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|Title: ||Reformulation of Consumer Health Queries with Professional Terminology: A Pilot Study|
|Authors: ||Plovnick, Robert M|
Zeng, Qing T
|Keywords: ||Original Paper|
|Issue Date: ||3-Sep-2004|
|Publisher: ||Gunther Eysenbach; Centre for Global eHealth Innovation, Toronto, Canada|
|Citation: ||Robert M Plovnick, Qing T Zeng. Reformulation of Consumer Health Queries with Professional Terminology: A Pilot Study. J Med Internet Res 2004;6(3):e27 <URL: http://www.jmir.org/2004/3/e27/>|
|Abstract: ||[This item is a preserved copy and is not necessarily the most recent version. To view the current item, visit http://www.jmir.org/2004/3/e27/ ]
The Internet is becoming an increasingly important resource for health-information seekers. However, consumers often do not use effective search strategies. Query reformulation is one potential intervention to improve the effectiveness of consumer searches.
We endeavored to answer the research question: "Does reformulating original consumer queries with preferred terminology from the Unified Medical Language System (UMLS) Metathesaurus lead to better search returns?"
Consumer-generated queries with known goals (n=16) that could be mapped to UMLS Metathesaurus terminology were used as test samples. Reformulated queries were generated by replacing user terms with Metathesaurus-preferred synonyms (n=18). Searches (n=36) were performed using both a consumer information site and a general search engine. Top 30 precision was used as a performance indicator to compare the performance of the original and reformulated queries.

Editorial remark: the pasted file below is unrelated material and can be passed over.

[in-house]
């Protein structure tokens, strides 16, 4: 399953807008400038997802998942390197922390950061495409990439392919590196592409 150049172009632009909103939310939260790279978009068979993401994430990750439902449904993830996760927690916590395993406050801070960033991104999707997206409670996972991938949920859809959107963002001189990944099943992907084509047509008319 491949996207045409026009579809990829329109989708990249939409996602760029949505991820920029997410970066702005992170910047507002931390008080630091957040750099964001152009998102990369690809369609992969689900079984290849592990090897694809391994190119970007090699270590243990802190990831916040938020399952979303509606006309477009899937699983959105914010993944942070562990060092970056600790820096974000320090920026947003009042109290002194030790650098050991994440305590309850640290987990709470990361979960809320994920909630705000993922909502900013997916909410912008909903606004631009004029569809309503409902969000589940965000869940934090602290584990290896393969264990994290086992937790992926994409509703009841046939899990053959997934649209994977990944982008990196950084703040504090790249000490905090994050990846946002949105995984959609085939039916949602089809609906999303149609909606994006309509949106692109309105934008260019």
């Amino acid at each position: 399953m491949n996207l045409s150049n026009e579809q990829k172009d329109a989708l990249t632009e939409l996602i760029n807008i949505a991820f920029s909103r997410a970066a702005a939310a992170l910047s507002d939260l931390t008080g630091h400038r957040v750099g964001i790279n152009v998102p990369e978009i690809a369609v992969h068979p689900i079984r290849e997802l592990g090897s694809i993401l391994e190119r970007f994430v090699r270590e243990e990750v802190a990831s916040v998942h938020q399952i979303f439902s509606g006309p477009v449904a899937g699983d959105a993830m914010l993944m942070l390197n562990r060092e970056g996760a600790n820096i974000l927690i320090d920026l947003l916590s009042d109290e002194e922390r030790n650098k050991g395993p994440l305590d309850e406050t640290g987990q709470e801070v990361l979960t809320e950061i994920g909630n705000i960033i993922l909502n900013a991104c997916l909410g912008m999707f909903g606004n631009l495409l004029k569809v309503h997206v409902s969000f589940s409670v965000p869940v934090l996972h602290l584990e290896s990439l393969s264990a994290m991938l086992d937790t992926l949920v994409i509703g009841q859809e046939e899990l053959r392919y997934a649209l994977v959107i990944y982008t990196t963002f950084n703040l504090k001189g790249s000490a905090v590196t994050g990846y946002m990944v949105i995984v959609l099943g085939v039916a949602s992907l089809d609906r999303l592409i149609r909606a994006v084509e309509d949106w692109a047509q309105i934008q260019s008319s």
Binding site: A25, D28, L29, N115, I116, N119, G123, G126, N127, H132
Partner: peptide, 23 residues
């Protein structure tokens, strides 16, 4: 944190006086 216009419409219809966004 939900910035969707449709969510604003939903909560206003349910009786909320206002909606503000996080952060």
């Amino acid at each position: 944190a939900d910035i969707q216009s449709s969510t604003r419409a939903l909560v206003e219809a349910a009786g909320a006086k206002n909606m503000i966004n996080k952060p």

Forty-two percent of the searches utilizing reformulated queries yielded better search returns than their associated original queries, 19% yielded worse results, and the results for the remaining 39% did not change. We identified ambiguous lay terms, expansion of acronyms, and arcane professional terms as causes for changes in performance.
We noted a trend towards increased precision when providing substitutions for lay terms, abbreviations, and acronyms. We have found qualitative evidence that reformulating queries with professional terminology may be a promising strategy to improve consumer health-information searches, although we caution that automated reformulation could in fact worsen search performance when the terminology is ill-fitted or arcane.|
|Description: ||Reviewer: Tse, Tony|
|Other Identifiers: ||doi:10.2196/jmir.6.3.e27|
|Rights: ||Copyright (cc) Retained by author(s) under a Creative Commons License: http://creativecommons.org/licenses/by/2.0/|
|Appears in Collections:||Volume 6 (2004)|
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